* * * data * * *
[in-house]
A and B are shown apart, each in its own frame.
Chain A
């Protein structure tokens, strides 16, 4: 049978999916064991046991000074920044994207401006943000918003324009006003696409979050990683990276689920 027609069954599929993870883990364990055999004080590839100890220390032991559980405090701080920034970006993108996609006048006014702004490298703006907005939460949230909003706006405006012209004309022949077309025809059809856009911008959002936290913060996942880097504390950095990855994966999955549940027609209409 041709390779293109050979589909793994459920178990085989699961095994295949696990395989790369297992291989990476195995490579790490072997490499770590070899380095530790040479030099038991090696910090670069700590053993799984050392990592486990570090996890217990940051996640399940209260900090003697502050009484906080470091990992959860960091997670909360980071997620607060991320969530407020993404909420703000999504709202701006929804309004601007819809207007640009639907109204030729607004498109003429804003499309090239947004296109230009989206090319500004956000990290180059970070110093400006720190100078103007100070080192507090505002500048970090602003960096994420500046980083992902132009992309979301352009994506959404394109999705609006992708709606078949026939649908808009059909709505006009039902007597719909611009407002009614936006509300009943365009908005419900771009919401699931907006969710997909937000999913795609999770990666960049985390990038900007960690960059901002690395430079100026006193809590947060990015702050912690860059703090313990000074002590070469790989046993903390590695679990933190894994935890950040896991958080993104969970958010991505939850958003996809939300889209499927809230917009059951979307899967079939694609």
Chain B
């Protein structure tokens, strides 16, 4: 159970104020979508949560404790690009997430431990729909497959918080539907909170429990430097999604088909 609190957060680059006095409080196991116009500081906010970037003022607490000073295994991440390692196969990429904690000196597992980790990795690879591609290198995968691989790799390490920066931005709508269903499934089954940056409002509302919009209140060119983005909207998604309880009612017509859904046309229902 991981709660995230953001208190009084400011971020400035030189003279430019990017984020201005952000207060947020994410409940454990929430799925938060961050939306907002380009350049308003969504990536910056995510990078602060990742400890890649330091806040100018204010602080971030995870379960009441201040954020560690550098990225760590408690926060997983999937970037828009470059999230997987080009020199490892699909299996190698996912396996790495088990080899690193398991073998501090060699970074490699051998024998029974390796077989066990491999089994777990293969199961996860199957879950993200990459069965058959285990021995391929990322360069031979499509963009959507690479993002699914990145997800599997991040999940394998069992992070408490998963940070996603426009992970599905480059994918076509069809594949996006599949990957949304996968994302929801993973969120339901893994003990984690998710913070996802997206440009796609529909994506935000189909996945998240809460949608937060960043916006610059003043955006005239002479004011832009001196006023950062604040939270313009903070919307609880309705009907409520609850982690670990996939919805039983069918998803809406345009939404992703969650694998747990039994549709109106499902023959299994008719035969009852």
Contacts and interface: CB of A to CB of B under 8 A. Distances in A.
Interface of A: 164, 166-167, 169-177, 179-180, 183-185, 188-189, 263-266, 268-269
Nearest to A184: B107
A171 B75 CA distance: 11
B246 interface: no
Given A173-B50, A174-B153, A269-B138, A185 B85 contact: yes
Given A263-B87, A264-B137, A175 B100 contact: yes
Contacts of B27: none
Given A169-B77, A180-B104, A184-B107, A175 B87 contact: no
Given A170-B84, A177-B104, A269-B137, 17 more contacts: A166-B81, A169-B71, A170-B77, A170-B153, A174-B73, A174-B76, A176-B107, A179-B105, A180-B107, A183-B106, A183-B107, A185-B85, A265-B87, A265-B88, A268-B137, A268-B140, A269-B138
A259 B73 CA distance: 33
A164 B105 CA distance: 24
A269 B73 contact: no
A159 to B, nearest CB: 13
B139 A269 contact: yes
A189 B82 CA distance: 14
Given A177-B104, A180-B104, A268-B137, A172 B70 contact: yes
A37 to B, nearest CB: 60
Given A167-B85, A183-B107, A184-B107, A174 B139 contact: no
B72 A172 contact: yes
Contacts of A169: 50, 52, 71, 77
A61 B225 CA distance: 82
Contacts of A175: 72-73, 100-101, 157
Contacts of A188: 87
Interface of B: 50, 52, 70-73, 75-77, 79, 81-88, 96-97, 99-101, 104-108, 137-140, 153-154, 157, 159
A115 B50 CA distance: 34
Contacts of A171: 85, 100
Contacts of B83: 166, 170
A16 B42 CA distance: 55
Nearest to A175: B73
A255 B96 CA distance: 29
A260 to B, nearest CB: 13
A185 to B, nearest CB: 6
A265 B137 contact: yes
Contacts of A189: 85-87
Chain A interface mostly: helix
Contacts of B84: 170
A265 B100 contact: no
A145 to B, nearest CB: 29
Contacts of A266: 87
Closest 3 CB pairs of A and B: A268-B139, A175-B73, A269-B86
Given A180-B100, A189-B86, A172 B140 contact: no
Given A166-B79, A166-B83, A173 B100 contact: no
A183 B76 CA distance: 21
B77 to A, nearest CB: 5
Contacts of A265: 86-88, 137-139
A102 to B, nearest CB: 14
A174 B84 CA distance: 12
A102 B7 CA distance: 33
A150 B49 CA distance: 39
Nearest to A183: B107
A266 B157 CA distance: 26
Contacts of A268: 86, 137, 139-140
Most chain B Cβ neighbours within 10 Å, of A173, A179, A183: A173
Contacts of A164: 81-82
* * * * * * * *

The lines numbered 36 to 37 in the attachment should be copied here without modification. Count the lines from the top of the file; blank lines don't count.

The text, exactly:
Nearest to A175: B73
A255 B96 CA distance: 29